Jordan was also "of the firm belief that educational achievement is predetermined by race, and that opportunity and education cannot influence a persons intellectual abilities," PASS co-chair Sara Woodham, also Johnsson's wife, wrote in a Nov. 22 letter from PASS in support of the petition.
"Jordan's value system could hardly be further removed from those of PASS and of our community in general," she wrote. "PASS believes that we are overdue for school names that reflect our principles of inclusion and equity in all of our students, and in particular students among us who are most vulnerable to bias."
Christina Schmidt, chair of the Palo Alto CAC, wrote in a Nov. 20 letter of support that "any promotion of Mr. Jordan's philosophy represents a direct threat to all children born with disabilities and their families, and disfavored minority groups."
Johnsson has also been collecting comments from people as they signed his petition. Shannon Yang, a junior at Gunn, wrote that "If we want people of all races to be successful at our schools, we should start with the names of the institutions themselves."
Nan Dame wrote: "I happily sign this petition because we are a five generation Palo Alto family that has had 3 generations of children at Jordan without realizing who Jordan was. The most current generation being in school now. We have to let our children know we are not tolerant of any form of racism and do not honor those who would perpetuate, in any way, racism or lack of respect for everyone."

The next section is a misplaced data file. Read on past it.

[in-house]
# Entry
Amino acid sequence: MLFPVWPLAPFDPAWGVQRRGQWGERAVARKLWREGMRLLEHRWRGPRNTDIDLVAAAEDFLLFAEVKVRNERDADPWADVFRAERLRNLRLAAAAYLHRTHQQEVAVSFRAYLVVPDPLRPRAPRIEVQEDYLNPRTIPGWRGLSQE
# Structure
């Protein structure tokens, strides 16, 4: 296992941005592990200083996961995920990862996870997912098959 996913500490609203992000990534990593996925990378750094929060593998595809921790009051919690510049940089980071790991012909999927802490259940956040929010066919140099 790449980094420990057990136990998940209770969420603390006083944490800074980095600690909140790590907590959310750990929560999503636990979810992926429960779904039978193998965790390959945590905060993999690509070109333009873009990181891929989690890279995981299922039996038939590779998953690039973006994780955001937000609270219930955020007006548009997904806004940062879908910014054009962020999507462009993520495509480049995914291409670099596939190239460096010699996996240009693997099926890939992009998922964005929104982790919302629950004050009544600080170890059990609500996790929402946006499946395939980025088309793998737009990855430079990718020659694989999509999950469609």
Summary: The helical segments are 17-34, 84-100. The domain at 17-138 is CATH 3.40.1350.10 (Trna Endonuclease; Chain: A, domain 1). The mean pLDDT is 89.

Johnsson noted in an Oct. 14. presentation to the district's Minority Achievement and Talent Development committee that if Palo Alto Unified decided to move forward with a name change, it would not be alone. In recent years, schools across the country have changed their names, including Nathan Bedford Forrest High in Florida, which became Westside High in 2014 after a petition that garnered more than 140,000 signatures opposing the name of a Confederate Army general and the first "Grand Wizard" of the Klu Klux Klan.
Palo Alto is also not the only district home to a school named after Jordan; there are also two high schools in Los Angeles and Long Beach and a middle school in Burbank.
The Stanford campus also has a Jordan Hall, which houses the Department of Psychology.
Under Palo Alto Unified board policy, a citizen advisory committee can be appointed to review name suggestions and submit recommendations for the board's consideration. Johnsson's petition is calling on the board to do just that.
McGee said he thinks the topic is "worthy of an open discussion." He and the two board members who set the meeting agendas the president and vice president have yet to select which January meeting the topic will be discussed at.
Johnsson said he sees his petition as an opportunity to not only send a message to the school board, but to open a dialogue in Palo Alto about related issues, like the achievement gap.
"I do believe and I think many people do believe, sending messages and having symbolism is powerful," he said.